Zamboanga traffic enforcers linked to execution of street boy
The victim, Benjamin Mariga, was stabbed 17 times and his body had been recovered on a mountain village called Abong-Abong on Oct. 31. He was 14 years old.
The boy, his brother Paul Mariga, and four other street children were arrested late last month by five traffic enforcers after accusing them of being thieves, the victim's mother, Flor Mariga, said.
"My son was not a thief. Why did they kill my son? He was a good boy," the victim's mother told reporters. She appealed to authorities to give justice to the cold-blooded murder of her boy.
"Please help us find the killer of my son. We want justice. I want to see the face of the man who did this to my son," she said.
Paul Mariga said the officers herded them into a mini-van and brought to a place where they had been ordered to clean. Except for him and his brother, the rest of the children either escaped or were freed by the officers. He said they were brought to Abong-Abong village onboard a van, but Paul Mariga claimed that he jumped out from the vehicle and escaped after the officers tied the hands of his brother.
Paul Mariga said his brother screamed for help and told him to run and to tell their mother about what happened. "It was the last time I saw my brother alive. And it pains me so much after I saw his body. He was stabbed 17 times," Paul Mariga said.
The traffic enforcers are under the Zamboanga City government and police are investigating the murder. "There is an investigation going. We need to establish the allegations of the boy and we will not tolerate this crime. If this is proven, we will file a case against those involved in the killing of the boy," said Elmer Apolinario, the deputy city administrator.
City Hall employs about 40 traffic enforcers who work on different shifts. Apolinario said they do not want the killing to affect the good image of Zamboanga City as far as child welfare is concerned.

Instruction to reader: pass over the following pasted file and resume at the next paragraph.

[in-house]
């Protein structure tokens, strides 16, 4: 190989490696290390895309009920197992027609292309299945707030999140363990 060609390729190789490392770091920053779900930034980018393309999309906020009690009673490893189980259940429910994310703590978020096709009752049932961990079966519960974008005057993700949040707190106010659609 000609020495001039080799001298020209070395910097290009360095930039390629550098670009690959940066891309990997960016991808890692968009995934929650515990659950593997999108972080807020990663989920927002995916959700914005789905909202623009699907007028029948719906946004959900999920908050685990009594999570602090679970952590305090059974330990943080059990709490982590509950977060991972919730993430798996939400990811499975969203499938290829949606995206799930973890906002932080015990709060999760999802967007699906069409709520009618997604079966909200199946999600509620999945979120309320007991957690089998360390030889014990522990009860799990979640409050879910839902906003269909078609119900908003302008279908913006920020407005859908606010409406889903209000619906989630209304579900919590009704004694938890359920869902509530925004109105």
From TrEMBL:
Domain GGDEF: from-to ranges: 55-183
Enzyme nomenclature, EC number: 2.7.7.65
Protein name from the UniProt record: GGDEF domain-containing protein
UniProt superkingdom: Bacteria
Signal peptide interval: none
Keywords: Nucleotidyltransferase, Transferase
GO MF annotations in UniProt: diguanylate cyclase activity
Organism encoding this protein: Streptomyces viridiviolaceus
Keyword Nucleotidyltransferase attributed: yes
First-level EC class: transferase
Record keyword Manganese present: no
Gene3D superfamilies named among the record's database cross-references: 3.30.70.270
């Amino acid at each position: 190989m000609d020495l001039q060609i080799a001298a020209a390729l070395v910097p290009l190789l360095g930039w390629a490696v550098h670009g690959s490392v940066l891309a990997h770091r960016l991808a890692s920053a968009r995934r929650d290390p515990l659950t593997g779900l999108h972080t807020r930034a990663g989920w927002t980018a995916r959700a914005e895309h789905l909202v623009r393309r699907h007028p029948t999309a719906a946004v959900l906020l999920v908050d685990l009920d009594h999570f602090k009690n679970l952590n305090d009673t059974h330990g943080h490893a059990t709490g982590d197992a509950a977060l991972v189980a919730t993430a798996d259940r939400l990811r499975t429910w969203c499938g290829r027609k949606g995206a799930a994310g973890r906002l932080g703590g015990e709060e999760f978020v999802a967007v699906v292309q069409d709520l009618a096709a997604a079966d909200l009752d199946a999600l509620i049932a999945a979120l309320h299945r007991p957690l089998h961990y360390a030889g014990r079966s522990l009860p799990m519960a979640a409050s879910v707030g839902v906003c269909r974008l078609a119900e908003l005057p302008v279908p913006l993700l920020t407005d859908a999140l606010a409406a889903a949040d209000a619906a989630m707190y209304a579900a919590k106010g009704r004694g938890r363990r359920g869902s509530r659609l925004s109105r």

Zamboanga was recently adjudged as the region's most child-friendly city for its outstanding implementation of programs aimed to protect children's rights and welfare. The Department of Social Welfare and Development also cited the city's efforts in ensuring child-friendly governance which have been vital in preserving and promoting children's rights to survival, development, protection and participation.
The Commission on Human Rights (CHR) said it is also investigating the murder. "This is summary execution," said lawyer Manuel Mamauag, the CHR regional chief for Western Mindanao.
The Salinlahi Alliance for Children's Concerns, an advocacy group for children's rights and welfare, has condemned the killing and said it will launch a separate investigation. "We condemn this killing. We will investigate the Mariga case," said Alphonse Rivera, the group's spokesman.
The alliance has documented 66 cases of children killed in the Philippines, including 50 cases of torture, 55 cases of children who had been illegally arrested and detained, and 49 more who were victims of frustrated killings, since President Gloria Macapagal Arroyo assumed presidency in 2001.
Summary execution in Zamboanga City is not uncommon and hundreds of unclaimed cadavers, mostly victims of gun attacks, had been buried in common graveyards in recent years. - GMANews.TV